Toy maker, dealer sued in baby's choking death Parents' lawsuit seeks $15 million

The parents of a 2-month-old girl who died when she choked on a pom-pom from her teddy bear sued the toy maker and the dealer who sold it for $15 million yesterday in Anne Arundel County Circuit Court.

Colleen and Edward Cunningham of the 1700 block of Wickham Way in Crofton charged that the "Blizzard Bear" Mr. Cunningham bought at the Baltimore-Washington International Airport gift shop and put in his daughter's crib in July 1991 was defective and caused her to choke to death.


The family named Applause Inc. of Woodland Hills, Calif., the manufacturer, and Host International Inc., a division of the Marriott Corp., which operated the gift shop.

Spokesmen for the two companies declined to comment yesterday, saying they hadn't seen the suit.


The lawyer for the baby's parents said the companies never should have allowed the 10-inch-high, white stuffed animal with a floppy red hat and a three-quarter-inch cotton pompon to be marketed.

"The pom-pom made that toy unsafe for children," said Gary I. Strausberg, the couple's lawyer. "Those companies had no business whatsoever designing or marketing a toy like that."

According to papers filed yesterday, Mr. Cunningham, a marketing and administrative executive with Martin Marietta Corp., purchased the bear from the BWI gift shop in December 1990, about six months before Alexandra Cunningham was born.

He gave it to the baby shortly after her birth May 14, 1991, and used it to try to calm her down on the night of July 23, 1991, because she was supposed to be asleep but was "fussy," according to the suit.

"Thinking the toy bear would comfort Alexandra, Edward Cunningham placed the Blizzard Bear next to Alexandra, tucked them in together under a blanket and patted Alexandra's back for a while before leaving the room," the suit said.

When Mrs. Cunningham, a pediatric nurse at Johns Hopkins Hospital, got home at midnight, she checked on her daughter, who appeared to be sleeping.

Mr. Cunningham found the baby the next morning, "her hands blue and cold to the touch."

Mrs. Cunningham performed cardio-pulmonary resuscitation and cleared the white pom-pom from the airway, according to the suit.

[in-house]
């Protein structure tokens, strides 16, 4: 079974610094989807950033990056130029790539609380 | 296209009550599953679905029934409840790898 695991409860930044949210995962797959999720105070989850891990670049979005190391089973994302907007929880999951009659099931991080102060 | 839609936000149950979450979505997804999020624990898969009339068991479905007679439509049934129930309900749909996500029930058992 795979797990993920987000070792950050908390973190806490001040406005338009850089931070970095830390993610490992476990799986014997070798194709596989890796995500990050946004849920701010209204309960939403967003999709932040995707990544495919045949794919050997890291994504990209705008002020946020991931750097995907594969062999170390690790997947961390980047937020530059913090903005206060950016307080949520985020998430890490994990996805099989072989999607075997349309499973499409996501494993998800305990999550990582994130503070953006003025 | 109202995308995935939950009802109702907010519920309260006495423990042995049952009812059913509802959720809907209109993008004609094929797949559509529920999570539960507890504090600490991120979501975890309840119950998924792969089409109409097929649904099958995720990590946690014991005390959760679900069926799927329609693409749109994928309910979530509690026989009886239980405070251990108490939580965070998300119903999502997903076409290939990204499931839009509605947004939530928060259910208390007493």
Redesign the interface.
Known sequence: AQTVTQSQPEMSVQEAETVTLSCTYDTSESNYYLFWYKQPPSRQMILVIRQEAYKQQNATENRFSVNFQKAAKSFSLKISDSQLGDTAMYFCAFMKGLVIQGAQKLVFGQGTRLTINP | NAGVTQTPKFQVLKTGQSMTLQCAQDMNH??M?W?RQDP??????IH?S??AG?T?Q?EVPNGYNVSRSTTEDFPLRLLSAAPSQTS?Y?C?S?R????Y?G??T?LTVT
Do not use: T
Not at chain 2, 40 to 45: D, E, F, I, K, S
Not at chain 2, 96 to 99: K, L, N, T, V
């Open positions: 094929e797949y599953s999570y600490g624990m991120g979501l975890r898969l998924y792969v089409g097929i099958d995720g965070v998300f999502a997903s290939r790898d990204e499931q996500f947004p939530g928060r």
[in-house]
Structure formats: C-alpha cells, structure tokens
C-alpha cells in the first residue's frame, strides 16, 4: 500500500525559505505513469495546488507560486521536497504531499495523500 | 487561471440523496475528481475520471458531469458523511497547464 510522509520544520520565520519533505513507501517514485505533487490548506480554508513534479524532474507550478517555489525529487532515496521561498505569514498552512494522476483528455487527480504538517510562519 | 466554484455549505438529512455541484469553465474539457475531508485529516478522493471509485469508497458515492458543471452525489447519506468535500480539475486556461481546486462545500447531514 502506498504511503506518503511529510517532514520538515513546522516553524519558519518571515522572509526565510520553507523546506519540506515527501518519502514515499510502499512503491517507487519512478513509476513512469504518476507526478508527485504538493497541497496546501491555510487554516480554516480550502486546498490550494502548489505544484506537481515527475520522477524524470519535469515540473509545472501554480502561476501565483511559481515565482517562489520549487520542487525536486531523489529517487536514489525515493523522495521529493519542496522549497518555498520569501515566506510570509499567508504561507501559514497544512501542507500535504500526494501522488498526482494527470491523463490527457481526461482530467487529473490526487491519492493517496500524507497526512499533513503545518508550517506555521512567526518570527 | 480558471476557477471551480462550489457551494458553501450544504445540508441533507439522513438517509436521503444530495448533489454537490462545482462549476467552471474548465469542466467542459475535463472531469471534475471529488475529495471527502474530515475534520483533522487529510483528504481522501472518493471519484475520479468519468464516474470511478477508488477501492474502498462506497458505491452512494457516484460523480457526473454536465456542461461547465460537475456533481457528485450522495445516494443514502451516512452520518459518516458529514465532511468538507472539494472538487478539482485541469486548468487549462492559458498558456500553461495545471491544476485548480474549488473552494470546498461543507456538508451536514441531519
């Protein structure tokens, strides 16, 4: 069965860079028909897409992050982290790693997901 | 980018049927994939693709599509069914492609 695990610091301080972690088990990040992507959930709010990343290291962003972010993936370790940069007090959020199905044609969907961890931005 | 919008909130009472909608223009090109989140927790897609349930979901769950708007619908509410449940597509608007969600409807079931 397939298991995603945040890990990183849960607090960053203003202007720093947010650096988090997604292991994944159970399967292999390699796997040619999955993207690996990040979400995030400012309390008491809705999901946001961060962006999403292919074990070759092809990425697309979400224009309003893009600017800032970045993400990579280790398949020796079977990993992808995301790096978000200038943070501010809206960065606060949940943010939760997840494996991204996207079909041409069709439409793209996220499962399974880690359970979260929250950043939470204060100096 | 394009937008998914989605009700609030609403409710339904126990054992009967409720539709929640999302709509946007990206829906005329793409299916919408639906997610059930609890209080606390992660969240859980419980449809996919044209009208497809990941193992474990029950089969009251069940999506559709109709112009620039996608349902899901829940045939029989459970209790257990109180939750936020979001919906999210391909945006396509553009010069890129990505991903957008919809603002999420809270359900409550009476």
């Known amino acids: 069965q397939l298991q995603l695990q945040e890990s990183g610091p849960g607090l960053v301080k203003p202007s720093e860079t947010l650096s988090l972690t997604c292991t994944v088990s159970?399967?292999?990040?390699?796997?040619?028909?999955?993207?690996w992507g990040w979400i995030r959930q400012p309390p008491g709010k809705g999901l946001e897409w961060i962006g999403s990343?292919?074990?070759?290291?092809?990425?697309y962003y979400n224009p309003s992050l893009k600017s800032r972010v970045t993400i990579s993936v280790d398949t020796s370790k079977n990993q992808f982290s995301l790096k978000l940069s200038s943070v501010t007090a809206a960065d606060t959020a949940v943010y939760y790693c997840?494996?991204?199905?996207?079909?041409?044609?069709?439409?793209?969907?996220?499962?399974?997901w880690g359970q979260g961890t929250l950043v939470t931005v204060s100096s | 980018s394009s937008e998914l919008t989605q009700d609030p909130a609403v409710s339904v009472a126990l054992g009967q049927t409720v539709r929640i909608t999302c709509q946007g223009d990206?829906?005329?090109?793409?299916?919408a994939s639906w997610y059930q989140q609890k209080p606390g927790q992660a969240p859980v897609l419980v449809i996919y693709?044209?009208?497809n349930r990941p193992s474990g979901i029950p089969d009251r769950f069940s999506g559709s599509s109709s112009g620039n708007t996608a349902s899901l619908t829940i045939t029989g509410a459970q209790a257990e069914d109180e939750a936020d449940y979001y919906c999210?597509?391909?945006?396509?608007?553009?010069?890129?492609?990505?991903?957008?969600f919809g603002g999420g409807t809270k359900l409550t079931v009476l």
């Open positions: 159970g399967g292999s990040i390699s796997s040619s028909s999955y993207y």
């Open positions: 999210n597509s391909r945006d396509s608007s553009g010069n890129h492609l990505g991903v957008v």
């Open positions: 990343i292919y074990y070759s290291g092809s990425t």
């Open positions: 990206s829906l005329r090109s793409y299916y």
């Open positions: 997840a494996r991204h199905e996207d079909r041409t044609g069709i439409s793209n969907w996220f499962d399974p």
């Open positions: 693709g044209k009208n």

An autopsy listed the cause of death as an obstruction of the airway by a foreign object, the suit charges.

Mr. Strausberg said he is unsure whether the toy still is being marketed anywhere in the United States but that it has been taken off the shelves at Marriott's BWI gift shop.

Frank Kriven, a compliance officer for the U.S. Consumer Product Safety Commission, said the commission had no other reports of deaths caused by the Blizzard Bear. The toy has not been recalled.

Mr. Kriven said the safety of toys for children under 3 is monitored as a requirement of the Consumer Product Safety Act of 1972 and that 100 unsafe toys were pulled off the shelves last year.

"We're always looking for choking, aspiration, hazardous things that a small child could choke on," he said.

But he said it is largely left up to the nation's 3,000 toy manufacturers to do their own testing and to police themselves.


"With all the toys, and all the toy makers out there, the federal government just doesn't have the resources to do the testing on its own," he said.

He said it could have been the case of one defective teddy bear.

But Mr. Strausberg said he has experts lined up ready to testify that it was the toy's overall design, and not problems with this individual toy, that caused the death.

"This pom-pom was glued on, not sewn on," he said.

Mr. Strausberg said the Cunninghams have one other child, a young boy, and that Mrs. Cunningham has recently become pregnant.

But he said that the trauma of the death put both parents into therapy and has scarred their lives forever.


"Understandably, it created a real strain on their marriage and a real strain on their lives," he said. "Nothing can ever be done that will bring this child back."